No, not the TV show. Or the Eurovision song.
The continuing non-binary adventures! A story that involves Mario Lopez, broken zippers, and the kindness of strangers. Or, how a vulnerable moment led to something beautiful. And slinky. And SWISHY. SO FLIPPIN SWISHY!
I've just realised there's not even any sex in this one. Oh well.
Stories of queer life and even queer-er sex.
The repeatedly award-winning, slightly filthy storytelling project tackling LGBTQ issues in a fun and engaging way. Created to remind all of our queer siblings that we are none of us alone.
Much like its creator, it’s a smutty-but-charming collection of personal misadventures working to make the world a better place, one silly, sexy story at a time.
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The continuing adventures of non-binary-ness, with your favourite non-binary mess!
(I should come up with a theme tune, but it would probably just be me going “waaaa… Have you got any biscuits?”)
Anyway. Recently I had my first experience of euphoria. Not the TV show, that’s just teenagers running around doing drugs and having feelings. It’s just Saved By The Bell with extra dicks. And, honmestly, if it’s not AC Slater in a lycra wrestling singlet, I’m not that bothered. Anyway. Not that kind of euphoria. This would be gender euphoria, I think. At the time I was too busy enjoying myself to be thinking too much about it. Like when you almost get arrested for a pasionate moment in a public place because all the blood was moving away from the parts of your brain that know to look for security cameras.
As part of my exploring my non-binary existence, I decided that, when I attended a friend’s wedding earlier this month, I would go in a dress. Well, no. I didn’t just DECIDE to go in a dress. I tried on a lot of suits, first, and just found them super uncomfortable. I think it must be a class thing. Where I grew up, if you saw someone wearing a suit it was because they were on their way to a parole hearing.
So, anyway, I ordered a few suits and tried them on, and none of them fit quite right, and I just felt uncomfortable. I generally wear a lot of black, because it’s supposed to be slimming and at heart, I’m still the podgy kid who used to get body-shamed by the skinny twinky gays. And a black suit says ‘funeral’ rather than wedding. Well, on the kind of person it looks good on it says ‘funeral’ in a sort of dignified mourning sort of way. On me, it says “bouncer who’s a bit overdressed for standing outside a Wetherspoons all night”. Anyway. Suits make me uncomfortable. I bought one anyway, it would have been rude not to, really. It’s fine. A generally nice suit. But I still wasn’t feeling it.
I left the shop, and as I wandered into the street, with the back of my hand pressed to my forehead as I lamented my lack of style or grace, my eyes clouded with tears at my lumpen grotesquery and unable to hear the sounds of the street over my own wails and moans, I staggered, awkwardly, into traffic and was nearly hit by an oncoming car. The two lovely queers driving it picked me up off of their bonnet and took me for a coffee to calm me down.
As we sat and chatted they reminded me that, as a non-binary queer person, I didn’t need to wear a suit if it made me uncomfortable or didn’t fit right. I could, in fact, consider wearing a dress. Because the only rules that matter are the ones we choose for ourselves.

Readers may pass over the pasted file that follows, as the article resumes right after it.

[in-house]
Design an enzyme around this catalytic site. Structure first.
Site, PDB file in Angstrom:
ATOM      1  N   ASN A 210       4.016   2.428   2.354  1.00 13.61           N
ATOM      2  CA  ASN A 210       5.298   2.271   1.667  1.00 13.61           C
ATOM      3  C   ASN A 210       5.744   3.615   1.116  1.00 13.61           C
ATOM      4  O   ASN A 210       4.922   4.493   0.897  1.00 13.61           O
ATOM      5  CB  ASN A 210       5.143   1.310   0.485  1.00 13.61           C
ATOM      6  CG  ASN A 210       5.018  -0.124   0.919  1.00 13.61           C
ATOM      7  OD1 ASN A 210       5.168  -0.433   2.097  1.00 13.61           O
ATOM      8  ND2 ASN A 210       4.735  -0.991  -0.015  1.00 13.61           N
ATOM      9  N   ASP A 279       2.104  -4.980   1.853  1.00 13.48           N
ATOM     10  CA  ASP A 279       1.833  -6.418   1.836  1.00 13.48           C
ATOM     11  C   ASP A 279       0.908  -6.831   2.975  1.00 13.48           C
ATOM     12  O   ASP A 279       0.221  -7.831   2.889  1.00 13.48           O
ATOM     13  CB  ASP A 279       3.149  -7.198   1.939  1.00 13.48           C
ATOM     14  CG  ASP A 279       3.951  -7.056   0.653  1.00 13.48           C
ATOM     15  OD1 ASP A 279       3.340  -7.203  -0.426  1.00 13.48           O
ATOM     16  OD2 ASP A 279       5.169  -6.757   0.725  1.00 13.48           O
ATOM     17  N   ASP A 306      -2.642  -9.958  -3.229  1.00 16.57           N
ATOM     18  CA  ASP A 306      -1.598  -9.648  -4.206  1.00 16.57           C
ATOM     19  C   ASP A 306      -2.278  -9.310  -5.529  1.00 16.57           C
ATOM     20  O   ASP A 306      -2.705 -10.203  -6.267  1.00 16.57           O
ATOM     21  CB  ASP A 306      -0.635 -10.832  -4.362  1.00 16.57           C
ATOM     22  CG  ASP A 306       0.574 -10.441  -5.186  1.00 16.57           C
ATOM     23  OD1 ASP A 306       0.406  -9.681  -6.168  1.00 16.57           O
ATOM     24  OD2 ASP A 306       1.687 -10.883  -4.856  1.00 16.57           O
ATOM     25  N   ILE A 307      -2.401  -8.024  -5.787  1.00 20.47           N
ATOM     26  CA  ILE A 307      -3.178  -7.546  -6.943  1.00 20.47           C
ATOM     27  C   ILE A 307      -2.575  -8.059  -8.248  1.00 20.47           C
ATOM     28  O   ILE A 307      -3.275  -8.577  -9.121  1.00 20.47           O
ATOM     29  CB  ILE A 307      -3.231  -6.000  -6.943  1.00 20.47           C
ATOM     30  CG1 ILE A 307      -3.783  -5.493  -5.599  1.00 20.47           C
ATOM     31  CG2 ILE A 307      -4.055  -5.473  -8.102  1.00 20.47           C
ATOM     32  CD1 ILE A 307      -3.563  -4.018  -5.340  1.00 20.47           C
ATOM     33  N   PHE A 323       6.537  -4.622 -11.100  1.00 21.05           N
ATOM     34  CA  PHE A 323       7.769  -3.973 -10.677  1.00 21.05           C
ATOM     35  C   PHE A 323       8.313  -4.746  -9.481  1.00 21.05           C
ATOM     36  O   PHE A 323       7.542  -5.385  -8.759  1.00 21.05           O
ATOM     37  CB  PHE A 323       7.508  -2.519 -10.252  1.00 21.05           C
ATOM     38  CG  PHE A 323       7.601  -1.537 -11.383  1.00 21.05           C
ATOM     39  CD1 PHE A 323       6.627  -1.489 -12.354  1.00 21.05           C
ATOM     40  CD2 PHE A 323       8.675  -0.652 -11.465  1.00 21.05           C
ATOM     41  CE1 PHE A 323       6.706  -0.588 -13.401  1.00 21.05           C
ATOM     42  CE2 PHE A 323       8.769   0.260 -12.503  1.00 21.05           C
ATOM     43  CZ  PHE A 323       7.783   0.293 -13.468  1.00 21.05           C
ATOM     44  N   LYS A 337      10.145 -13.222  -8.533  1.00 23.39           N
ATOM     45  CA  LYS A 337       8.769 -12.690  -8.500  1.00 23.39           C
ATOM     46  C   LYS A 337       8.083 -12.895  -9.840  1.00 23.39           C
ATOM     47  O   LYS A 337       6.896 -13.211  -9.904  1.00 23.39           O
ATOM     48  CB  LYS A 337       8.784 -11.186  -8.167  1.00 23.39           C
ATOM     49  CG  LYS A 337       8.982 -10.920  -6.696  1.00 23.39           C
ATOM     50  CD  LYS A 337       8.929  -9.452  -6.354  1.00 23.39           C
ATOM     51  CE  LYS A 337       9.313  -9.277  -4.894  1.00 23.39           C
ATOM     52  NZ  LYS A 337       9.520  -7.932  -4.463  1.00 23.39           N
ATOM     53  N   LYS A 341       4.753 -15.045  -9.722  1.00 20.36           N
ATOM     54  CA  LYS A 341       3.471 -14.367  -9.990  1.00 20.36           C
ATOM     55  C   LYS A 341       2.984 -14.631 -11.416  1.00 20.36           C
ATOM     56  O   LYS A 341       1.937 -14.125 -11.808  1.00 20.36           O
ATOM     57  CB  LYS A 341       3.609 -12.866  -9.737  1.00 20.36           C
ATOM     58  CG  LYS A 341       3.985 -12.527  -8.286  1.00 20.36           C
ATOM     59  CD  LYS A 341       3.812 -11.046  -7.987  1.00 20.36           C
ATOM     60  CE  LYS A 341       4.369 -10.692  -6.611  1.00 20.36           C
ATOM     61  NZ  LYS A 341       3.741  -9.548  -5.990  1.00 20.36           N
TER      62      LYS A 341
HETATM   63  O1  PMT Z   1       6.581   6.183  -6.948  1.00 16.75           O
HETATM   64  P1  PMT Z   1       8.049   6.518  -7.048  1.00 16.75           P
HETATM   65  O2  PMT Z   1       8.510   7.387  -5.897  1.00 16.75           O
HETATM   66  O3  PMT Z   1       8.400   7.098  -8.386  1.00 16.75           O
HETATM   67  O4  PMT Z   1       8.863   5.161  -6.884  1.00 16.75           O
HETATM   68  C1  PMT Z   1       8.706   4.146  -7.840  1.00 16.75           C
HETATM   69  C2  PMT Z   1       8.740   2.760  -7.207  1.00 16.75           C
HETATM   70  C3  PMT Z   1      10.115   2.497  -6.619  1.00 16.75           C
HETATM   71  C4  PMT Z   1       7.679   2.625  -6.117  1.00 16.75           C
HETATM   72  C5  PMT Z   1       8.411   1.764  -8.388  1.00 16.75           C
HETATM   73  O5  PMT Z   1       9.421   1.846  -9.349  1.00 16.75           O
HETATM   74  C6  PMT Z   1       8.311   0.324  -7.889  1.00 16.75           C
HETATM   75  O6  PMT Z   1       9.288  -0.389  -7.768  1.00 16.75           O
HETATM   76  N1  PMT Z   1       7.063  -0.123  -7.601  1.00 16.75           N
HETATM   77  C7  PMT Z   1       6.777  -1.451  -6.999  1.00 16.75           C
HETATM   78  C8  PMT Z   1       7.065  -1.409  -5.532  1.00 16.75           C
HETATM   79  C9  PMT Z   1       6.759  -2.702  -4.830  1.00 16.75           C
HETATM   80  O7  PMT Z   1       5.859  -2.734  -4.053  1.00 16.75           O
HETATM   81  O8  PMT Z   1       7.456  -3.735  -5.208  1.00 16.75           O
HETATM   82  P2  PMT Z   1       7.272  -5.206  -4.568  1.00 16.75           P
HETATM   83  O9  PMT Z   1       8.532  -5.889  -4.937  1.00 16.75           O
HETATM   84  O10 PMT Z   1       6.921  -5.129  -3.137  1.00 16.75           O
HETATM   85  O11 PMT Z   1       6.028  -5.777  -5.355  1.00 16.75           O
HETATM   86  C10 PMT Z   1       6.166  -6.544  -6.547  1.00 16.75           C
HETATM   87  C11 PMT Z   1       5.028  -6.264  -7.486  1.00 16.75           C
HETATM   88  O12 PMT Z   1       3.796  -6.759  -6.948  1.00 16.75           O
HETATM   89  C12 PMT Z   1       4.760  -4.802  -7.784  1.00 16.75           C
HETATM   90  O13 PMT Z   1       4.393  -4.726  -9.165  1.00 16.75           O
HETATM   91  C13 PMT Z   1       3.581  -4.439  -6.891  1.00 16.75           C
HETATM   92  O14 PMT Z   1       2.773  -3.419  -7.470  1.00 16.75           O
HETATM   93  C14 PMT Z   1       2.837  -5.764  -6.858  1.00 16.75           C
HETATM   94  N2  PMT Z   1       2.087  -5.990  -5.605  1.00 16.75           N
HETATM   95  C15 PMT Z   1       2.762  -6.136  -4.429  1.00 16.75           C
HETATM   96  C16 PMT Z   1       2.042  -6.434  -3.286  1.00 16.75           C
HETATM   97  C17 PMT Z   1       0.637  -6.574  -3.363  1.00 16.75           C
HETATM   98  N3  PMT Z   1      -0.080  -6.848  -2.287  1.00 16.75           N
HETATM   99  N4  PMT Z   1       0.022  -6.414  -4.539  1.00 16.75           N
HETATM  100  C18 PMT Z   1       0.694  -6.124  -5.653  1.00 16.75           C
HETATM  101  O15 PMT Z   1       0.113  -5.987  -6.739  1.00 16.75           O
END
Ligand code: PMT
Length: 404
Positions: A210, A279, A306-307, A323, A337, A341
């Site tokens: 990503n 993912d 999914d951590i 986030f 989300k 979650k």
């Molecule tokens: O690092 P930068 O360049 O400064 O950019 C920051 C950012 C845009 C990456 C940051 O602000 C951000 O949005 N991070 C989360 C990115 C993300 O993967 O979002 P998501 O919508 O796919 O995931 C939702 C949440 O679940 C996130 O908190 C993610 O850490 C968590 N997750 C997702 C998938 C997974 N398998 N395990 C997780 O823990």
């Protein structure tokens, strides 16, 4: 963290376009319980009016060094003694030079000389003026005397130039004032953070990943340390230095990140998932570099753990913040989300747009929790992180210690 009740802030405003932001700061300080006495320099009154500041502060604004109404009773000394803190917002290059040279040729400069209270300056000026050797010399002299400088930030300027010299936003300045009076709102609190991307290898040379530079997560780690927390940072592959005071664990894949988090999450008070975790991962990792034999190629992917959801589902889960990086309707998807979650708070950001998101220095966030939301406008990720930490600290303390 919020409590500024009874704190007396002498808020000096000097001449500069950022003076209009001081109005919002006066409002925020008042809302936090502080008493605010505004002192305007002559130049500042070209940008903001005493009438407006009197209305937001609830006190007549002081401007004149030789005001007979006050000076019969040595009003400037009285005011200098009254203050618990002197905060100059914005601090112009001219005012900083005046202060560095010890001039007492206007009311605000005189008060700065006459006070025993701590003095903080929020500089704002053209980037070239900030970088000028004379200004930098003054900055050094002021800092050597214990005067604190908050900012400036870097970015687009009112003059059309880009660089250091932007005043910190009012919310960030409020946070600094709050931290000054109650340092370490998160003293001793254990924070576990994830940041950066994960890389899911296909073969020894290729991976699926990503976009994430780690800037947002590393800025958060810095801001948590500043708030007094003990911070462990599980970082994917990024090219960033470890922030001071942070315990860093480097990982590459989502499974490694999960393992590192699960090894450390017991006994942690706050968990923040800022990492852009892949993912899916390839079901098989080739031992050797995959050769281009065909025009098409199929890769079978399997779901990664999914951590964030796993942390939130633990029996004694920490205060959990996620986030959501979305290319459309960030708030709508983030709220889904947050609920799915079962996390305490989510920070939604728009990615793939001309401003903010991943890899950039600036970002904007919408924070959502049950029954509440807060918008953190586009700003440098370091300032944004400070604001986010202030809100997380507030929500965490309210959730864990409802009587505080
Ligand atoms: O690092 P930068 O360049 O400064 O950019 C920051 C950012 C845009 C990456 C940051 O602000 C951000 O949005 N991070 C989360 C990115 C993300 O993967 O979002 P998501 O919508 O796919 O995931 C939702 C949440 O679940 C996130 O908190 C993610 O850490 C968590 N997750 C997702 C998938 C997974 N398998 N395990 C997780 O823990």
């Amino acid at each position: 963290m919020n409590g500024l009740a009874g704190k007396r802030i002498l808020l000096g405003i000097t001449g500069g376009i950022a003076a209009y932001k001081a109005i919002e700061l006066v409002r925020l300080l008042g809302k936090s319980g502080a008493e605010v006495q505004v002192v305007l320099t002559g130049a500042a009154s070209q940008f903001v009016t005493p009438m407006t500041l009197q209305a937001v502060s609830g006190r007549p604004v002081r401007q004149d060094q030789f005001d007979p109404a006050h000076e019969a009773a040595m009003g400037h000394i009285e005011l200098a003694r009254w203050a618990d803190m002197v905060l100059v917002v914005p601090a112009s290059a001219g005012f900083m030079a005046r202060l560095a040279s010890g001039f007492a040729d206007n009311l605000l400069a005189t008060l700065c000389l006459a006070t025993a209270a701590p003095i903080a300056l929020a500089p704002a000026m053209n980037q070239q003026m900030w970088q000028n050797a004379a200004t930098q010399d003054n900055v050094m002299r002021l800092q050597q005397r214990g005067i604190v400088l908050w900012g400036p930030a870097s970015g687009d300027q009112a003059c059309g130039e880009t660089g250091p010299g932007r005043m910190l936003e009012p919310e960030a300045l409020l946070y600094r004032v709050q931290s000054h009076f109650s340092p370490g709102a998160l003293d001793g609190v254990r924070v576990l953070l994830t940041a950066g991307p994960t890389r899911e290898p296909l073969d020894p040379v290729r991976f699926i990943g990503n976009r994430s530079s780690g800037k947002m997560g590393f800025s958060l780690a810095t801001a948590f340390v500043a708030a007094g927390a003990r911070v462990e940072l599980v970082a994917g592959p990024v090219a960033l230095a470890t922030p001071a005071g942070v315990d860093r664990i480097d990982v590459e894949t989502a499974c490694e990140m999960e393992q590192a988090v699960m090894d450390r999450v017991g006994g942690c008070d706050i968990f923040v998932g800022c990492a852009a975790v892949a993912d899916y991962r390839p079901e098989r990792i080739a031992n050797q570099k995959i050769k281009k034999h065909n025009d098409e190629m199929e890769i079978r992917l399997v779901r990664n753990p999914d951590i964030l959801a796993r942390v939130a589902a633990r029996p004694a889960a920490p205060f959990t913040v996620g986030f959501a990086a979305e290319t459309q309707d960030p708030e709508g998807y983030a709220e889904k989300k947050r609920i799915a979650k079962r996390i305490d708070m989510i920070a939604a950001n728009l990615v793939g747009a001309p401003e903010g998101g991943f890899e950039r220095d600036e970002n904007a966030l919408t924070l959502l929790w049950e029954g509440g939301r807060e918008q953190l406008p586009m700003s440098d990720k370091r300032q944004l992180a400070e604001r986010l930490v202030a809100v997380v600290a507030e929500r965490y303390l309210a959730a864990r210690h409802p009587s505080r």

I ummed and ahh’d, as I wasn’t keen on going into a dress shop by myself to try on dresses. I had no idea of my size, or if I’d get kicked out or called a pervert or something like that, and besides, my body may be a slab of hunky muscle for a man, but all of the girl’s clothes that might fit this body shape would be in the “fat lass tried her best” section. Luckily, these two lovely queers were having none of it, and they dragged me, bodily, into a dress shop. Not just any dress shop. This couldn’t be a quiet moment with no-one around so we can do this awkward thing in silence and without being disturbed. That would be far too easy. This little shop, was stuffed with eleventy million bitchy white teenage girls getting dresses for prom. There must have been at least twenty of them. Or three. Might have been three. I don’t know. I was already panicking and I’m not great at maths at the best of times.
Anyway. In we pop, and start looking at dresses. I found a pair of sunglasses I like, which is not the same thing, and I realise I’m avoiding the thing I’m here to do. So, I go and find the nice lady running the shop, and awkwardly, shyly, quietly ask her if she has anything that will be in my size. Whatever size that is, because I have no idea. And, like I say, I’m not even sure what sort of dresses would fit my frame, as I am not in any way what you might call ‘feminine’. Fememenine? And this woman, bless her. I saw the look in her eyes as I asked the question. I think she was expecting me to ask for directions or something, but no. There was a moment of sheer confusion as she awkwardly changed mental gears, but then she was kind of pointed me to the right sort of sizes and I wandered around awkwardly, not really knowing what I was looking for. I found a couple with nice patterns on, thought to myself “if mI were a girl, I’d probably like this” and I kinda slunk over to the fitting rooms.
This in itself is something I’ve not needed to do in a while. I tend to buy my clothes online, and buy the same thing in several different sizes so I can try things on in the comfort of my own house. If I don’t like it, or the fit makes me look like a zeppelin in a condom, I can send it straight back and no-one need know of my terrible shame. Here. Here, I had to go into a little room, and fight with a dress, which in itself is a new thing. I only found out they have zips after I nearly rippled one, Incredible Hulk style, trying to get all of my bulging muscles and chest-hair into it. But eventually I manage, and step out into the little area where the mirrors are.